Chris Hill, Tom Limoncelli, Dr. Gail Murphy, Cornelia Davis, and Dwayne Holmes
In many organizations, engineers spend too much time waiting for infrastructure change requests. Limited resources cause infrastructure-dependent changes to lag behind, increasing development demand. GitOps presents one solution by repurposing your organization’s existing Git pull-request workflows to permit infrastructure-oriented teams to safely democratize changes.
Distributing control down to the dependent teams improves transparency, velocity, predictability, auditability, and more. In a GitOps world, all infrastructure elements are defined as code. Changes are proposed in the code repository with the same mechanism as developers working on traditional applications. When the changes are approved and committed, automation validates the change and deploys them into production safely.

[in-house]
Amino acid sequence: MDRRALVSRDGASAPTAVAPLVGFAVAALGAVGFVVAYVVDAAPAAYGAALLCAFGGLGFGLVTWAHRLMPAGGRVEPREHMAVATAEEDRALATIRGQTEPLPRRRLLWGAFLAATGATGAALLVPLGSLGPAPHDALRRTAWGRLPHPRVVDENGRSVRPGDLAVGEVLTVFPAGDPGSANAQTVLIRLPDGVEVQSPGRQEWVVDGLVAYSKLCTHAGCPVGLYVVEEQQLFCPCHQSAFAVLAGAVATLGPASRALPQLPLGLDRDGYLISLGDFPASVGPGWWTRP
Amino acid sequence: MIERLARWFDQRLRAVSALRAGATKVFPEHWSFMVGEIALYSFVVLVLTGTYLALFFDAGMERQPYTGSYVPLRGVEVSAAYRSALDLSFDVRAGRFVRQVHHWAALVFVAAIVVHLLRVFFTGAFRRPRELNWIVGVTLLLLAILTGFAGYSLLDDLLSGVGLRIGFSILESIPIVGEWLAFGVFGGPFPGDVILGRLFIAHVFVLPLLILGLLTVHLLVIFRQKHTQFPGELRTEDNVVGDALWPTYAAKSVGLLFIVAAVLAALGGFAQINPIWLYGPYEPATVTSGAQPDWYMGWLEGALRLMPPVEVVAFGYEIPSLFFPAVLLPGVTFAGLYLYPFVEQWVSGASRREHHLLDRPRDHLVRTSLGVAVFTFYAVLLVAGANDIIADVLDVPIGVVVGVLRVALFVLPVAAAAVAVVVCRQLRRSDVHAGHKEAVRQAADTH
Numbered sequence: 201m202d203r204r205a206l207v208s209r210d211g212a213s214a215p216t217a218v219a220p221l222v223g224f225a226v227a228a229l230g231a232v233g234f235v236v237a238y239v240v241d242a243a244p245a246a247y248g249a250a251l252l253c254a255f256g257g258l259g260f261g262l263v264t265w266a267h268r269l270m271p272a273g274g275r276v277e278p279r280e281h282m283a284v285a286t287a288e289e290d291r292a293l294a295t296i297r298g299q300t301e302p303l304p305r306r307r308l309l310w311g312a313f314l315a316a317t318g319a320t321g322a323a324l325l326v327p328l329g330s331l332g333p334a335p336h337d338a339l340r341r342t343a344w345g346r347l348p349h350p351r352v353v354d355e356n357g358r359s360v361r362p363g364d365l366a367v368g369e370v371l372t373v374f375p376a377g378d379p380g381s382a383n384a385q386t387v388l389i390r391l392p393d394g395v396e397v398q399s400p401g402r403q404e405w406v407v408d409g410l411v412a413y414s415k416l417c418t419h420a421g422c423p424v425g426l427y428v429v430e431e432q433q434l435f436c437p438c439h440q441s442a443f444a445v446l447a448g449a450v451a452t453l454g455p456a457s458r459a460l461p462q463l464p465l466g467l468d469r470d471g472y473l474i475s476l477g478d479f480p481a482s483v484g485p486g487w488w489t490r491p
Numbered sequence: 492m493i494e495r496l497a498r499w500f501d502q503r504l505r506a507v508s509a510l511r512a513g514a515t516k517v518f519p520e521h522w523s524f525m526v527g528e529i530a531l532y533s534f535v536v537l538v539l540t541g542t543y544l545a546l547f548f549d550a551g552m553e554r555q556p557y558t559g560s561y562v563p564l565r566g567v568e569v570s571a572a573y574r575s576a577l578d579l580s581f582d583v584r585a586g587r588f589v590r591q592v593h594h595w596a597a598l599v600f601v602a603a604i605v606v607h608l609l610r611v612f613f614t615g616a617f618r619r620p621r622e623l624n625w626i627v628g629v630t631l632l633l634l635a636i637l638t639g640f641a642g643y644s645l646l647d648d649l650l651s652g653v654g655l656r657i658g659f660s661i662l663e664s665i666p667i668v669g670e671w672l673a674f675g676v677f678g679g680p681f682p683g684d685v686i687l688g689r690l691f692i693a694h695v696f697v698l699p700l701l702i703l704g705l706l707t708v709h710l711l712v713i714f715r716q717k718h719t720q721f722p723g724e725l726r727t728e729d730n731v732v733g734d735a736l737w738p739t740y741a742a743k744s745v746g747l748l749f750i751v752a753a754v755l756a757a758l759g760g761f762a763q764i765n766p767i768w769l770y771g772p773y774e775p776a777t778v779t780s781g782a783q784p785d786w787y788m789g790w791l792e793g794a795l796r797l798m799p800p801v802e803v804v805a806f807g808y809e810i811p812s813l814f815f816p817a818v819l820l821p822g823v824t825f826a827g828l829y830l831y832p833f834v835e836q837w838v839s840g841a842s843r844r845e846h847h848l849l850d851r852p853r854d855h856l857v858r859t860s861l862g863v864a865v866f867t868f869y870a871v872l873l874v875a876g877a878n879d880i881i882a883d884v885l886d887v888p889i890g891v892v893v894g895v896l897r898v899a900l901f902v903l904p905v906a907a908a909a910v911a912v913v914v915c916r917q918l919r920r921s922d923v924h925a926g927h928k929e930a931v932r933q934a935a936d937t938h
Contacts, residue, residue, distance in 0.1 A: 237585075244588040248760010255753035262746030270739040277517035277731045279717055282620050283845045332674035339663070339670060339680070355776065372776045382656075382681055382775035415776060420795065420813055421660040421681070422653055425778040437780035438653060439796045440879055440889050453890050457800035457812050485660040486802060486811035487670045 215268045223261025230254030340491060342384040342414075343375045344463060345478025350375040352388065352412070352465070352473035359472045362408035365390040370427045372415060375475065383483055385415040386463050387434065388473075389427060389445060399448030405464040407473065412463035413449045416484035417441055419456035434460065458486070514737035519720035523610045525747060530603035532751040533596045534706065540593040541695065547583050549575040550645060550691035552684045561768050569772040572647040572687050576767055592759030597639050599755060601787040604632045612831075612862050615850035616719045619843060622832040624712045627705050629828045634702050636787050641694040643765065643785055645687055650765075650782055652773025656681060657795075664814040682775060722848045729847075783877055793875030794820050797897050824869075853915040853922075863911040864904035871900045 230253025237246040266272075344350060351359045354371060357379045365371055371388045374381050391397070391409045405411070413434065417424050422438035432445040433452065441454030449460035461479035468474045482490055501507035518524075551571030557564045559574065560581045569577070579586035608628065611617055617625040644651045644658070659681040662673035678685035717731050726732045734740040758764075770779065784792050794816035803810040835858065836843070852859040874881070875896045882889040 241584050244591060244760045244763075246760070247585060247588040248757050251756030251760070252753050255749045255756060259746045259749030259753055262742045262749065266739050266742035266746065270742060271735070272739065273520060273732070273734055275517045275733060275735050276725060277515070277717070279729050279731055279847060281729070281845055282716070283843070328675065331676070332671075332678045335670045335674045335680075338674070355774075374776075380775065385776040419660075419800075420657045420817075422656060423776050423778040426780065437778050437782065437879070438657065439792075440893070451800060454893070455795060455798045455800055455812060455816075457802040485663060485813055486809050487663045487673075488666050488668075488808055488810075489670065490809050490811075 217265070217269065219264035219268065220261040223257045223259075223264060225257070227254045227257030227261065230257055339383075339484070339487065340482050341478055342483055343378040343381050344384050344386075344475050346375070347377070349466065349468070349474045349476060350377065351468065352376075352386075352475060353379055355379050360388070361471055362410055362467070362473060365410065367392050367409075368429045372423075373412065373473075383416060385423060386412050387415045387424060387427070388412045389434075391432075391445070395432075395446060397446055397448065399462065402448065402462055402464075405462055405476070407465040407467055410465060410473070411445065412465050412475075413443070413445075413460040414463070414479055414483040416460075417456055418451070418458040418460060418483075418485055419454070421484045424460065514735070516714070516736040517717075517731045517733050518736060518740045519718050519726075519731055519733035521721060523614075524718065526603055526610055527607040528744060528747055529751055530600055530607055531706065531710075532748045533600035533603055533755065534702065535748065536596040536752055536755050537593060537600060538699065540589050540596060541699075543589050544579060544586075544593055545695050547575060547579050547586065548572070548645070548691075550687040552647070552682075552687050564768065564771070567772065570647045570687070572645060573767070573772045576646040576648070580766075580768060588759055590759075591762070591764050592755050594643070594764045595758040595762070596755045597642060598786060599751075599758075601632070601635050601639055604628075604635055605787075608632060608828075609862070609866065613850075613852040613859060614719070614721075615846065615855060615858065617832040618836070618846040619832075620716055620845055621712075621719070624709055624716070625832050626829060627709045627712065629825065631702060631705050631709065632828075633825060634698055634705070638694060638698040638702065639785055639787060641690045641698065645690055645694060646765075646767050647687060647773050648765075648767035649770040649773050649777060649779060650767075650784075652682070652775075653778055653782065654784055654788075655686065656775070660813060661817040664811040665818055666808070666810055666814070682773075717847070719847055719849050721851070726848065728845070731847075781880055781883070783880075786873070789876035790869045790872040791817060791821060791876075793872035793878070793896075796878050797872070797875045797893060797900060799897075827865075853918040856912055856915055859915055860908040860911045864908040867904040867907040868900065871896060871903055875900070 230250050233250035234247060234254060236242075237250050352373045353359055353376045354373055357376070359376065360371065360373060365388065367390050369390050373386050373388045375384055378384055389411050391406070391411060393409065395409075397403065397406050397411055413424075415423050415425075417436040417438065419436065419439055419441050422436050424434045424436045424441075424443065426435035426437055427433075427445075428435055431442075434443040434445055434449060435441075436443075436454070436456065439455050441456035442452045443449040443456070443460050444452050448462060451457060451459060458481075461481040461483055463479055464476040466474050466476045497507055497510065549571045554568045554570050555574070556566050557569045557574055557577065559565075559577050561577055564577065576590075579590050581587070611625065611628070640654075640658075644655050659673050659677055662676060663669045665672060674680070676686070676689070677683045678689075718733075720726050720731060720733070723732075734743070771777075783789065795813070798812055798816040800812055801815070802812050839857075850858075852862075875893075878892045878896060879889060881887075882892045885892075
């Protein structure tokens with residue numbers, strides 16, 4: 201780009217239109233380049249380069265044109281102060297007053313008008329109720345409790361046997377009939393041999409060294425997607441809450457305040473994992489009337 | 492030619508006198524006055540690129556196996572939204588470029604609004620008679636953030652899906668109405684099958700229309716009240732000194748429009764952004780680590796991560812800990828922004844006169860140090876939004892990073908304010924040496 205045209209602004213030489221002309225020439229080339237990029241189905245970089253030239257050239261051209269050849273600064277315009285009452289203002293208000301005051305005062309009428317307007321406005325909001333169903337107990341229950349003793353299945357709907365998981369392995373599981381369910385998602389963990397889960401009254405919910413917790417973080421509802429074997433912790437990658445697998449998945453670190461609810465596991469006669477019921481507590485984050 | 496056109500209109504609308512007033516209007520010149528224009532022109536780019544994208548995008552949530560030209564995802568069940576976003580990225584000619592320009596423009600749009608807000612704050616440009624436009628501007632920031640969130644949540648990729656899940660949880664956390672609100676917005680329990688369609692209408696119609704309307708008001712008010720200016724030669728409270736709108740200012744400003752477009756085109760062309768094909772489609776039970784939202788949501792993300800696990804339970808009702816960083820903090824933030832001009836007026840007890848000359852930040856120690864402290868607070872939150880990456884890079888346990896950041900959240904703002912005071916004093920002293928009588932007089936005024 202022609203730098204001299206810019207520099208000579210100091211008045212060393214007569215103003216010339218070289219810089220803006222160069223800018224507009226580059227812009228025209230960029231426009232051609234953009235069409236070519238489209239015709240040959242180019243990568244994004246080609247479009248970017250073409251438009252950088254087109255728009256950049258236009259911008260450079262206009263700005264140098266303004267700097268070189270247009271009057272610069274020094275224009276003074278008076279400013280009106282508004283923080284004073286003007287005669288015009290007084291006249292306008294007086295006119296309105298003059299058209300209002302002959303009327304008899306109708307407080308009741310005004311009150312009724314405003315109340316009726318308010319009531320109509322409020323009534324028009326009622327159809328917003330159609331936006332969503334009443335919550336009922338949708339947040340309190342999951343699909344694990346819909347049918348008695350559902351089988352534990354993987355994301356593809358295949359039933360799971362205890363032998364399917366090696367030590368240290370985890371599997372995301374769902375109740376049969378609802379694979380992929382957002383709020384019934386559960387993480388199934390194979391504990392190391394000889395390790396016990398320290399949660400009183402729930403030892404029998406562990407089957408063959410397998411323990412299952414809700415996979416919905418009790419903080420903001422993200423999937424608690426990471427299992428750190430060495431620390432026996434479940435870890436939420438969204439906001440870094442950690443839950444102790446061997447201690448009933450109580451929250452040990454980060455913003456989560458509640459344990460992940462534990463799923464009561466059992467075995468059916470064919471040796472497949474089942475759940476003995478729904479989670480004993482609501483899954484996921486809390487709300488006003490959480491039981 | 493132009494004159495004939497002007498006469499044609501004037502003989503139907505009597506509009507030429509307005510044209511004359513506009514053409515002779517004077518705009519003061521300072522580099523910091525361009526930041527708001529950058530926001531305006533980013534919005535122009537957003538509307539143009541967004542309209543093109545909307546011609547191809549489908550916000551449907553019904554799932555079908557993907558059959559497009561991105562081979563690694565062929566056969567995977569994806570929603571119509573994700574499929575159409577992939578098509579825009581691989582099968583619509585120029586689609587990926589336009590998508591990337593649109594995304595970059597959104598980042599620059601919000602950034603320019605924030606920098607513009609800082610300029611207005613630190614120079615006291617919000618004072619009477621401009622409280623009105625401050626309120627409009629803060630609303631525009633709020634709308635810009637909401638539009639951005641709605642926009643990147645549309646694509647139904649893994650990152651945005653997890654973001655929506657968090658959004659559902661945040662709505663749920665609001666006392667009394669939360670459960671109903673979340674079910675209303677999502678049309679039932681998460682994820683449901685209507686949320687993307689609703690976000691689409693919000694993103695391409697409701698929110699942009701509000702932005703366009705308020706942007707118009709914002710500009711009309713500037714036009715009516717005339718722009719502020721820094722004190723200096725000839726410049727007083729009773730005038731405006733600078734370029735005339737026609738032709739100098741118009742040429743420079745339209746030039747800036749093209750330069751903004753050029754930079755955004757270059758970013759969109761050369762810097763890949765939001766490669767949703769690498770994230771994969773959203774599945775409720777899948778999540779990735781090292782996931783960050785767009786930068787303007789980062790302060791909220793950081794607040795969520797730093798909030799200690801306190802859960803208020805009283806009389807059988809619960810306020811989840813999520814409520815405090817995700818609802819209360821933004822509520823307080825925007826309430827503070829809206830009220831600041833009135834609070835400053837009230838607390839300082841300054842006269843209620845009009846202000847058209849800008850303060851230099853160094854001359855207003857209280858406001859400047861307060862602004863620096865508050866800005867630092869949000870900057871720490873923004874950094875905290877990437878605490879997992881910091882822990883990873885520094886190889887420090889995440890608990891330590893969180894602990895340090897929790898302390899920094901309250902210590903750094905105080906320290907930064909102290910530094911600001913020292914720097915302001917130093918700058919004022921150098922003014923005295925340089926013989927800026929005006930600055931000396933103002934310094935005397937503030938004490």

Developers are already familiar with your existing Git pull-request workflow, which can make it easy for them to switch to and from the application code they are already developing. Other benefits include collaborative discussions, ephemeral environments, formal change traceability, automated testing, and human-in-the-loop approval—all enabling your infrastructure changes.
In this paper we’ll define GitOps, explain where it is best applied and why, and make suggestions on adopting this practice in your organization.